Last Monday morning, as I was putting in my car the very generous gifts you gave to the London Catholic Worker house in north London, the world was digesting the defeat of the Far Right nationalist Marine Le Pen in the French Presidential election. The coincidence seemed fitting: in every right wing nationalist movement across Europe (including the UK) hostility to refugees and migrants is fundamental. Both events were signs that such people with this agenda do not have the last word, they do not have to win: goodness, kindness and generosity triumph in the end. Many thanks for the generosity of your gifts and your commitment to the work of the Catholic Worker community, going back many years now. Also at the beginning of the week members of the community joined with members of Caritas Westminster for a prayer vigil outside the Home Office in central London in relation to the government’s proposals to deport asylum seekers to Rwanda (for details of the work of Caritas in this respect see here). While to some extent in Eastern Europe hostility to refugees has been neutralised by the welcome and support to refugees from Ukraine (the Holy Father recently thanked the newly ‘re-elected’ President of Hungary for this) this shows deplorable inconsistency and may well not last long. As you know the Sisters of St Peter Claver and other religious orders, along with Caritas, has been leading efforts to welcome and support those fleeing their country in the midst of this terrible war.

This Sunday we begin the month of May, traditionally dedicated to Our Lady, Queen of Heaven. In school we have May devotions every Friday this month at 830 and our traditional procession later in the month when the statue in the school grounds will be crowned with flowers; in England particularly showing our love for Mary as our true Queen has been part of our Christian heritage for centuries, even though it was almost obliterated at the Reformation. The tradition of dancing around a ‘Maypole’ is part of the way in which people in this country have shown their love for Our Lady. These devotions are important and part of our identity as Catholics; they also root our love for Mary in the Church’s liturgy in the Easter season. For in this season we also reflect on Mary rejoicing with the disciples at her Son’s rising from the dead; also we see her, particularly in the later weeks of the Easter season, waiting with them in prayer for the coming of the Holy Spirit at Pentecost.

We need Mary so much. Since the horrors of the First World War, much of it fought in what is now Ukraine and in the name of the same shabby nationalism, Catholics have venerated Mary under the title ‘Queen of Peace’, inserted into the Litany of Our Lady by Pope Benedict XV in 1917, who also commissioned a statue of her for the basilica of Santa Maria Maggiore in Rome. This is rooted in the picture we have of Our Lady in Sacred Scripture. Mary, throughout her life, lives un-der Roman military occupation in a brutal empire; she sings in her Magnificat of how God ‘pulls down the mighty from their thrones’; she stands by her Son as he suffers the death penalty on the Cross. Mary knew about the evil of violence and war. Many popes have reflected on how mothers suffer so much through the evil of war, seeing their children die, perhaps even babies (as has happened in Ukraine), perhaps among those fighting. Mary who joined in her Son’s sufferings is particularly close to them in these dark times. Moreover when we think of Our Lady as Queen as we do this month we reject models of monarchy and authority which are rooted in military power and the glorification of war: Our Lady is a different type of Queen, far removed from military uniforms, marching and gun salutes, Queen of Peace. All this is why it is so poignant, as Pope Francis has said himself, that the city in Ukraine which has suffered so much, Mariupol, has borne Our Lady’s name since the 18th century; Mary is still not far from places of war and suffering, all the worse because this war is blessed by the authorities of the Russian Orthodox Church. Seeing Mary as Queen of Peace helps us understand the authentic witness of our Church for the fighting to end, a far cry from warmongering politicians in the west.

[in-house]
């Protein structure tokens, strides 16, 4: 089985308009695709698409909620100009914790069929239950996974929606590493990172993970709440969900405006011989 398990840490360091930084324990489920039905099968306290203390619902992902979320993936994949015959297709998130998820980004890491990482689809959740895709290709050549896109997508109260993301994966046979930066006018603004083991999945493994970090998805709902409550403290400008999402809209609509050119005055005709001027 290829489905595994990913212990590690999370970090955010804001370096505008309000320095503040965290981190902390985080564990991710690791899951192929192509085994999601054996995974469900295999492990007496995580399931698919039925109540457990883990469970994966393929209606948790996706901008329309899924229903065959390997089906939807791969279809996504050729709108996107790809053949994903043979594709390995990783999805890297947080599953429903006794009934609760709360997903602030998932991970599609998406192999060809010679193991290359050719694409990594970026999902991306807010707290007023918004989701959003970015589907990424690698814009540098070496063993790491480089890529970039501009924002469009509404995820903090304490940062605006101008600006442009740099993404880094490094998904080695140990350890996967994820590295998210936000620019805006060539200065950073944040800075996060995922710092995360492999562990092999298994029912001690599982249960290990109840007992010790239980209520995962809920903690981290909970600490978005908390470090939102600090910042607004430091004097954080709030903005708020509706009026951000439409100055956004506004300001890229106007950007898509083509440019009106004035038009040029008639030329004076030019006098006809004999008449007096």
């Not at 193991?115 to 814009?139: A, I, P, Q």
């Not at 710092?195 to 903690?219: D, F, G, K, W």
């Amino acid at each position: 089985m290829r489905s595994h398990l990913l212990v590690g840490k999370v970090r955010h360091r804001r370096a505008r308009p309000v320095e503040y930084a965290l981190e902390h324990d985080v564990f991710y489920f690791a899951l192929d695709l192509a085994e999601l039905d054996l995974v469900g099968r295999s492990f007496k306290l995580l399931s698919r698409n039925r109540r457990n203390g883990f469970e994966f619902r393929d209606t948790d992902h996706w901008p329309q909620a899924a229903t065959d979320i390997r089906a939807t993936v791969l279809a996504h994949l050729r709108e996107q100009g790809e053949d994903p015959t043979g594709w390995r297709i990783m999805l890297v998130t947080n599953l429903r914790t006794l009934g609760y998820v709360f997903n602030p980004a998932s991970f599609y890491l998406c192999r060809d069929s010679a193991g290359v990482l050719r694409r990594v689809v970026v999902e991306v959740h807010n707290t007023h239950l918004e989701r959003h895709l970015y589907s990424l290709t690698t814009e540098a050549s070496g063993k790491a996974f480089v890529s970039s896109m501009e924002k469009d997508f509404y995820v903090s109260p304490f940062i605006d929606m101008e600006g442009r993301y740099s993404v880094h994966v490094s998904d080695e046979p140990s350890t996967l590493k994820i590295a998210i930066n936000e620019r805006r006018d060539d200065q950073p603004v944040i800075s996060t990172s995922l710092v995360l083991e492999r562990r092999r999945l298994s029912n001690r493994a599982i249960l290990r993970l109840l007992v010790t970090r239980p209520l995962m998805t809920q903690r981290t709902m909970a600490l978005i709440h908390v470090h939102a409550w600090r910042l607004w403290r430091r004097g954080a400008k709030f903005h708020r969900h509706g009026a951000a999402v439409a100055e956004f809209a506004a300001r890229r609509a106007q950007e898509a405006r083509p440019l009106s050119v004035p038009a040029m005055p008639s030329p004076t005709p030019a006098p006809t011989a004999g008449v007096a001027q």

Just as hostility to migrants and refugees always goes hand in hand with a nationalism which glories in war (and not just the leaders of the Russian Federation), so seeing Our Blessed Lady as Queen of Peace also focusses on her as Mother of the poorest, who are often those who leave their homes as refugees, as she did on earth when the Holy Family fled to Egypt. Especially since the Second World War, which caused one of the largest mass migration of refugees in the history of Europe, the Church has identified refugees with the Holy Family, as an inspiration for our witness for them. This is why the Easter sermons of Cardinal Nichols and both Anglican archbishops, much to many people’s annoyance, attacked the UK government’s latest proposals: the duty to welcome refugees, wherever they are from, is a key Christian duty. The picture here shows the chapel put up a few years ago (no longer there; it was bulldozed with everything else) in the refugee camp which was in Calais, and you can see an image of Our Lady on the front of the makeshift structure: again, Mary is not removed from the sufferings of her children. So in this her month pray to Our Lady for peace and for refugees.